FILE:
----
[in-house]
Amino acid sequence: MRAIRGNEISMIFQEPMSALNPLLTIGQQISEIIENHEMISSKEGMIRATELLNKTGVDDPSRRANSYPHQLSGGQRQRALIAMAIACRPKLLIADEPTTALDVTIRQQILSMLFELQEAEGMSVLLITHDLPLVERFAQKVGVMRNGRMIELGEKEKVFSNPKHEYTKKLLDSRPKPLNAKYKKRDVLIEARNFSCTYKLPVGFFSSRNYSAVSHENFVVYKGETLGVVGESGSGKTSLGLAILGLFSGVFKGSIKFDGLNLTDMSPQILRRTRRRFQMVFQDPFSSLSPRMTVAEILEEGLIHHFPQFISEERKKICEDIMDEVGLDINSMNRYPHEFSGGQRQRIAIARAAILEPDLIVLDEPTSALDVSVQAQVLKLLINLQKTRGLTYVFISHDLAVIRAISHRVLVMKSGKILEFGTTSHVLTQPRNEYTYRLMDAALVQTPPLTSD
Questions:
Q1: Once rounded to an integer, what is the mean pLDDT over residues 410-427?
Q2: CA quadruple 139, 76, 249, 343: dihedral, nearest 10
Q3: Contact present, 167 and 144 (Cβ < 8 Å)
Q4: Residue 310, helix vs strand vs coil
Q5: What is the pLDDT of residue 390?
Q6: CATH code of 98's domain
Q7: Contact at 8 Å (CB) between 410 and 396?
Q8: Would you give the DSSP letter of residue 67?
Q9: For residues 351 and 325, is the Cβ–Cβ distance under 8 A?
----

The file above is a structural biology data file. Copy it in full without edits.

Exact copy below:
[in-house]
Amino acid sequence: MRAIRGNEISMIFQEPMSALNPLLTIGQQISEIIENHEMISSKEGMIRATELLNKTGVDDPSRRANSYPHQLSGGQRQRALIAMAIACRPKLLIADEPTTALDVTIRQQILSMLFELQEAEGMSVLLITHDLPLVERFAQKVGVMRNGRMIELGEKEKVFSNPKHEYTKKLLDSRPKPLNAKYKKRDVLIEARNFSCTYKLPVGFFSSRNYSAVSHENFVVYKGETLGVVGESGSGKTSLGLAILGLFSGVFKGSIKFDGLNLTDMSPQILRRTRRRFQMVFQDPFSSLSPRMTVAEILEEGLIHHFPQFISEERKKICEDIMDEVGLDINSMNRYPHEFSGGQRQRIAIARAAILEPDLIVLDEPTSALDVSVQAQVLKLLINLQKTRGLTYVFISHDLAVIRAISHRVLVMKSGKILEFGTTSHVLTQPRNEYTYRLMDAALVQTPPLTSD
Questions:
Q1: Once rounded to an integer, what is the mean pLDDT over residues 410-427?
Q2: CA quadruple 139, 76, 249, 343: dihedral, nearest 10
Q3: Contact present, 167 and 144 (Cβ < 8 Å)
Q4: Residue 310, helix vs strand vs coil
Q5: What is the pLDDT of residue 390?
Q6: CATH code of 98's domain
Q7: Contact at 8 Å (CB) between 410 and 396?
Q8: Would you give the DSSP letter of residue 67?
Q9: For residues 351 and 325, is the Cβ–Cβ distance under 8 A?